I have a small group of family and friends that I email when I travel. This is my community who I let down my guard with and talk honestly and openly with about my challenges. When I was in Haiti in late February I emailed to my group, "I worry about how we will get this all done. There is so much to do, how will we be able to handle the rainy season and the surge in Cholera cases, will we be able to treat the many women showing up with breast cancer who want and deserve a shot at cure or palliation to stop the pain." I went on to talk about my fears and frustrations with the opening of our new teaching hospital in Mirebalais; a hope for the country of Haiti.
As always, my supportive community sent words of encouragement -- my daughter told me she loved me and filled me in on life in Boston, my nursing friends gave concrete suggestions and ideas, my dad sent his usual humor filled email to make me laugh out loud and my dear mother sent one short line. "Sheila, all will be okay because strong women and nurses are there -- I love you, Mom" She was a very wise woman who left us too soon, and I miss dearly.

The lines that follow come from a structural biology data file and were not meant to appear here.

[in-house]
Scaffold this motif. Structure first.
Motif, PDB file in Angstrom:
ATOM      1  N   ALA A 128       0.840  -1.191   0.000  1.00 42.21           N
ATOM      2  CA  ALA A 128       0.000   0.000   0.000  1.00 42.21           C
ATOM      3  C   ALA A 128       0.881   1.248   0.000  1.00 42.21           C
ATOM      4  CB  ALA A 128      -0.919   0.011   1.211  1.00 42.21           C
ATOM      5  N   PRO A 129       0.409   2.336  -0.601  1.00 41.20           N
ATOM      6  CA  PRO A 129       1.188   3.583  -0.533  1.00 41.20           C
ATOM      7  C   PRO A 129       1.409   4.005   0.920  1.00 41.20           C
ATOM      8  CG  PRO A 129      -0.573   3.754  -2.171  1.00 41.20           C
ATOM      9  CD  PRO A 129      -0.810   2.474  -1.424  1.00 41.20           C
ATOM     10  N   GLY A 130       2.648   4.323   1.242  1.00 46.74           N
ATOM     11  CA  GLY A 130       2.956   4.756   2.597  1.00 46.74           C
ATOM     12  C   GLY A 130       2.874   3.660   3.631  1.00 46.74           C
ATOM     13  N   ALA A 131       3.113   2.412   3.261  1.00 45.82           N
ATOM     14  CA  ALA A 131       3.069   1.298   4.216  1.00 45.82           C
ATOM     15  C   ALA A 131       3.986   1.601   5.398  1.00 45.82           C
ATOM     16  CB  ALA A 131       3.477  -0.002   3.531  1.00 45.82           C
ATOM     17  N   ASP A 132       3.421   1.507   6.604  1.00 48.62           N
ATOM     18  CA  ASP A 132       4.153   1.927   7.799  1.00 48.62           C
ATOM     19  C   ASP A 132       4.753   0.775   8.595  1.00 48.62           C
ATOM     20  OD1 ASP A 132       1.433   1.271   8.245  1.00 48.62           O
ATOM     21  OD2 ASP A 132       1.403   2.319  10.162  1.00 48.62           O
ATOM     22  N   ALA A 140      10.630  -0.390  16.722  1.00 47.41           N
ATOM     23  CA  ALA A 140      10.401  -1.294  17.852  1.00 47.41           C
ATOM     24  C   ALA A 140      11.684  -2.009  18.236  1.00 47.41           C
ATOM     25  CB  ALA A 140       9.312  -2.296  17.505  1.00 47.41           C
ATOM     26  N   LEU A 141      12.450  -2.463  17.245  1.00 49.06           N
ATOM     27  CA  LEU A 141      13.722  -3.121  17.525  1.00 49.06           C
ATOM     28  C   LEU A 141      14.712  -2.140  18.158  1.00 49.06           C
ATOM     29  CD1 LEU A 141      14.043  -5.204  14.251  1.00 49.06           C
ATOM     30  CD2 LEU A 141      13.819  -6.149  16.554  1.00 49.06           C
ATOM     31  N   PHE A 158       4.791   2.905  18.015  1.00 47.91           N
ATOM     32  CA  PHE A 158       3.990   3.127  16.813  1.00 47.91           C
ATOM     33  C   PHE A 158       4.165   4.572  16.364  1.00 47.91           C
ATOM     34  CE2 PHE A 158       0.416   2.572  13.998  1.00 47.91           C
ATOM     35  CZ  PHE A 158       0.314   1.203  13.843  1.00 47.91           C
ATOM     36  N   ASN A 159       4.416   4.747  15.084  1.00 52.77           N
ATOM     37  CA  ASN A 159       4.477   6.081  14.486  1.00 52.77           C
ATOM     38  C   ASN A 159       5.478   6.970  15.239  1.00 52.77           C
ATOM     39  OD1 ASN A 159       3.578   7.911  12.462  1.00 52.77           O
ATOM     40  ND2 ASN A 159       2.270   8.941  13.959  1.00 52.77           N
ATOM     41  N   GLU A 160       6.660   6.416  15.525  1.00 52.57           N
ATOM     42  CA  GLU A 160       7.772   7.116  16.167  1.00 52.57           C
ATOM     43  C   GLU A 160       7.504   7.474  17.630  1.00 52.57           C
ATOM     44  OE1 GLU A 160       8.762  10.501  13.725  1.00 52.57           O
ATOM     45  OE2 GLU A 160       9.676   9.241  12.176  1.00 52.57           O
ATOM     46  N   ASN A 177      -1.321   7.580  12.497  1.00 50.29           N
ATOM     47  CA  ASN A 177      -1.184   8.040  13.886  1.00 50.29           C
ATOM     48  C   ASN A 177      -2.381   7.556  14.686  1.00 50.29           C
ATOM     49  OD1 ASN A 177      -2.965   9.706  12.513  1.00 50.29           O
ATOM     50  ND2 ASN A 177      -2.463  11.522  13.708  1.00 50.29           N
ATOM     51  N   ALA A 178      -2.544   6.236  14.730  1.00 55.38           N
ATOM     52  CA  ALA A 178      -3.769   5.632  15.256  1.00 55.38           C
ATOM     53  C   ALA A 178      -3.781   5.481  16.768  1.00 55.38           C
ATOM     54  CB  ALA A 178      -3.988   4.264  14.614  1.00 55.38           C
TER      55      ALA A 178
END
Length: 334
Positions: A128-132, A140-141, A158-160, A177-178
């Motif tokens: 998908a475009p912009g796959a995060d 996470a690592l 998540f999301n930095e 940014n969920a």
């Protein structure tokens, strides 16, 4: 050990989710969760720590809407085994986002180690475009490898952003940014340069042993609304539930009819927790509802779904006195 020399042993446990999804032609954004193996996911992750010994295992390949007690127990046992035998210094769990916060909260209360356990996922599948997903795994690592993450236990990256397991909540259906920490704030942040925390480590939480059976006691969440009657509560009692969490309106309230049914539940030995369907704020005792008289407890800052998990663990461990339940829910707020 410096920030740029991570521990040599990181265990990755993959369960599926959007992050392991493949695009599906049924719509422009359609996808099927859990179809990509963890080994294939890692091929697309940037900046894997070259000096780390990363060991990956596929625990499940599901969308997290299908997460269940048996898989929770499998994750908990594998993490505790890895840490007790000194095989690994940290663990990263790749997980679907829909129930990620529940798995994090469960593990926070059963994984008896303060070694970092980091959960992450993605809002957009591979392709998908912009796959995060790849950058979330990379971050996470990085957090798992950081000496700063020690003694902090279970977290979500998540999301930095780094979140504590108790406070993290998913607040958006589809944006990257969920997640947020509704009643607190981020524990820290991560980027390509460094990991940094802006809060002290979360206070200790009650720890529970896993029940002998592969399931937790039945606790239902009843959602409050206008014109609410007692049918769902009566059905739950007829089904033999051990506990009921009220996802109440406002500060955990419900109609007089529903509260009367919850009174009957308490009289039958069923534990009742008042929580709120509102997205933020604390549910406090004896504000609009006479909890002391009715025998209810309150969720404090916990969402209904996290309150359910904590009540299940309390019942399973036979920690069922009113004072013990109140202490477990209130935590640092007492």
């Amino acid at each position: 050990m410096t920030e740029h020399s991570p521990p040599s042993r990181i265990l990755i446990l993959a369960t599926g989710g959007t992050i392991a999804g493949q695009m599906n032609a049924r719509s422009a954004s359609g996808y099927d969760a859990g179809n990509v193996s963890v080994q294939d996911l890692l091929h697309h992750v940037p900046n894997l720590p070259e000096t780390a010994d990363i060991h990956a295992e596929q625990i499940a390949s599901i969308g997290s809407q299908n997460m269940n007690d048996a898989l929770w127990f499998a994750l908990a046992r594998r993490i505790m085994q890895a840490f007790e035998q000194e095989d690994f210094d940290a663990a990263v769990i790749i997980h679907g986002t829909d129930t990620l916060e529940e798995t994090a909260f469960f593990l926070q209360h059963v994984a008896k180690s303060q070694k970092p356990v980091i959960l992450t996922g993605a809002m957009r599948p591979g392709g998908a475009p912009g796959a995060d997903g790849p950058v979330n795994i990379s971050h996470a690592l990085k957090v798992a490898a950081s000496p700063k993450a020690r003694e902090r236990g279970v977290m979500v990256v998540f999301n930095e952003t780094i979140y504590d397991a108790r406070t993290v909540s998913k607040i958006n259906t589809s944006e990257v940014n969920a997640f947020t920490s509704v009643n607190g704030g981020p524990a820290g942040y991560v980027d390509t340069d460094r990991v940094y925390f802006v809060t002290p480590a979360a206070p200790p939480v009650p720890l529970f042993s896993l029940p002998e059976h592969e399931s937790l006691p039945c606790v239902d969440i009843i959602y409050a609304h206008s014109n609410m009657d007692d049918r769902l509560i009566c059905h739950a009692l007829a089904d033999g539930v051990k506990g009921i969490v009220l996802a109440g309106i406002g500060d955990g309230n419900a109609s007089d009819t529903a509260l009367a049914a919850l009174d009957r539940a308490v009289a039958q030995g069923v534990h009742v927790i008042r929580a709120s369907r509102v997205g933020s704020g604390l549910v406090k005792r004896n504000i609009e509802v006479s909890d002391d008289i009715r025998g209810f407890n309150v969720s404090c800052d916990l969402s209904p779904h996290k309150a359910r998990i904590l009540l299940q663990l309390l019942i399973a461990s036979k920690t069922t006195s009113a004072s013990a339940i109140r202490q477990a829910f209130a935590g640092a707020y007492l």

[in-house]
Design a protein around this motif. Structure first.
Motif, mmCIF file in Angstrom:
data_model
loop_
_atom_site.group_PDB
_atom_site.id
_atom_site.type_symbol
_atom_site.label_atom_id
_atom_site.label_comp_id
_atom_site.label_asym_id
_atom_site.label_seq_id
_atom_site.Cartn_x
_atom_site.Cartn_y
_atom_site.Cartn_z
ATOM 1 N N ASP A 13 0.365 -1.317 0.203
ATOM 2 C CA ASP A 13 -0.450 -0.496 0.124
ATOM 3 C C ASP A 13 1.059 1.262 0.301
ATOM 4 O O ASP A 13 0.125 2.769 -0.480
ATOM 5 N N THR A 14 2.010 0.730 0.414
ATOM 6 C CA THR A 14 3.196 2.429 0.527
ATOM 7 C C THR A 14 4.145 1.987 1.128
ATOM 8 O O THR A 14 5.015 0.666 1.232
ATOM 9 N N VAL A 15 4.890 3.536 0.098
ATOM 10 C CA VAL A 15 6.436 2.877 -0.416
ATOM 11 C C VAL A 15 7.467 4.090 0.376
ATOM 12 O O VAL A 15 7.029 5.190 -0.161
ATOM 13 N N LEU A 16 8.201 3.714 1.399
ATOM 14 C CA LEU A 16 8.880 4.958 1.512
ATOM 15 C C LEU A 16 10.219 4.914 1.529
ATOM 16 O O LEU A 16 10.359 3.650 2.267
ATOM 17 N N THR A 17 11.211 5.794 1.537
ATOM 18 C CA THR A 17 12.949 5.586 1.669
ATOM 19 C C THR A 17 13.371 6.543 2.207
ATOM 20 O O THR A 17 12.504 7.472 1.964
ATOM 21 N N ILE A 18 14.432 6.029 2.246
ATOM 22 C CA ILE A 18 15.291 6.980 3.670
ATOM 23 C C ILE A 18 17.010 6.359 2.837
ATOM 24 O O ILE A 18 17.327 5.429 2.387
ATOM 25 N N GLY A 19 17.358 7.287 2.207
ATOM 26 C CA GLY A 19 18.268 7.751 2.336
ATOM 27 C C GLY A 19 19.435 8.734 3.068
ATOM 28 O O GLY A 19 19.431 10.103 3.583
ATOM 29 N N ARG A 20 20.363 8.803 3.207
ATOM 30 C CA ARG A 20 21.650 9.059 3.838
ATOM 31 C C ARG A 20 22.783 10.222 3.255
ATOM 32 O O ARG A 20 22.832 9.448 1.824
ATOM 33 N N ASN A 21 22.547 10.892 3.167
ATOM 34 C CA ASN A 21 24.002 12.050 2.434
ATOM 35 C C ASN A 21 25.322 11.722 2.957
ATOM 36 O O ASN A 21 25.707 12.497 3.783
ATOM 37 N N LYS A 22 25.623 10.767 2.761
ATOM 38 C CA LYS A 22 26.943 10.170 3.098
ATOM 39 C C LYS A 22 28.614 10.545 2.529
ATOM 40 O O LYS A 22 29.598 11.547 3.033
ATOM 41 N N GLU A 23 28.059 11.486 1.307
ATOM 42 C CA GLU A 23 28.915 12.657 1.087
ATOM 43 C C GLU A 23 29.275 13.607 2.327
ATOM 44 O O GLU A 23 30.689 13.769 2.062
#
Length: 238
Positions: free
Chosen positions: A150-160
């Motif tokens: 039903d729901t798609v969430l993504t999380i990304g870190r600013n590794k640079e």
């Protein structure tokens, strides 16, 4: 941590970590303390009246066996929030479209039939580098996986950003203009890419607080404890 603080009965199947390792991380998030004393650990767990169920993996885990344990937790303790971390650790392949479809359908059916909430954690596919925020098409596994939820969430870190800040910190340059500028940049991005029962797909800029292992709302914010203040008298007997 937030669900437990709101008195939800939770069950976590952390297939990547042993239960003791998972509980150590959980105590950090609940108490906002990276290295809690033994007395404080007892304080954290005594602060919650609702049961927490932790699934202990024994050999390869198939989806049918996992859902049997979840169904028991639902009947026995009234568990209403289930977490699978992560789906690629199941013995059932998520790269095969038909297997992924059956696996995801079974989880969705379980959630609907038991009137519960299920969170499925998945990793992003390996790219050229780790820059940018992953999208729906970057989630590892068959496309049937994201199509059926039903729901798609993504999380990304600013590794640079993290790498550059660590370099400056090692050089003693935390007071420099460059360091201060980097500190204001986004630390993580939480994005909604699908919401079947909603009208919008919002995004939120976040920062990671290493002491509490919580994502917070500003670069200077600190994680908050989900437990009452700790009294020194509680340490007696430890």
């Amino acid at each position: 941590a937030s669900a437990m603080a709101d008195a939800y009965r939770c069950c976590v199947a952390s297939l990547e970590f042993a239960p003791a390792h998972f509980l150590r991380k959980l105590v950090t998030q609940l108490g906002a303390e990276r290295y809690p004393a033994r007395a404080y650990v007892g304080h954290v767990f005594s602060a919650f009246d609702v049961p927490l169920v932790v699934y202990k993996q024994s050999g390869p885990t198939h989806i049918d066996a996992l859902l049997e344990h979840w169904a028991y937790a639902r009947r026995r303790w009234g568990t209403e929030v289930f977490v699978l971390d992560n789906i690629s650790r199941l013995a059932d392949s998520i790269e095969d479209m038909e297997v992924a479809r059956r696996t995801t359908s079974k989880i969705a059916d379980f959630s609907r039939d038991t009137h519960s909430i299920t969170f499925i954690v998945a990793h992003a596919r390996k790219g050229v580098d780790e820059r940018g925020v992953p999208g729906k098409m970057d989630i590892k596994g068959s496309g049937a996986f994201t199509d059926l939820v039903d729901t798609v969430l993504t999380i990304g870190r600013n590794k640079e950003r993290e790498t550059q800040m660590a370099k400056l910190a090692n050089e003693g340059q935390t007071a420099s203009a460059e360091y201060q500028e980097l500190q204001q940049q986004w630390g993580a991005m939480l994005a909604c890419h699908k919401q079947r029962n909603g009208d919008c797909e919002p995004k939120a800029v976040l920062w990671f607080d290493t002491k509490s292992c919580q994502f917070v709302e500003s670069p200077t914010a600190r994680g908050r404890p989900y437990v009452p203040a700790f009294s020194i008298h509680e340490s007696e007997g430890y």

All was okay, we opened the outpatient clinic at the hospital a few weeks later and, although there are still challenges, it is amazing to see the hospital bustling and alive. All will continue be okay because we are strong women and men, because we will step up, we will see all people, not as the other, but as part of our human race. We will use evidence-based practice to provide excellent clinical care, we will use our leadership and our voices to demand healthcare as a human right regardless of where you were born, how much money you have, what color you are or what gender you are. We will treat people with dignity, respect and compassion. We will work in the shadows and bring in the light. And in the words of my mother -- All will be okay -- because the nurses are here. Congratulations to all of you.
Follow Sheila Davis, DNP, ANP-BC, FAAN on Twitter: www.twitter.com/Sheila_DavisDNP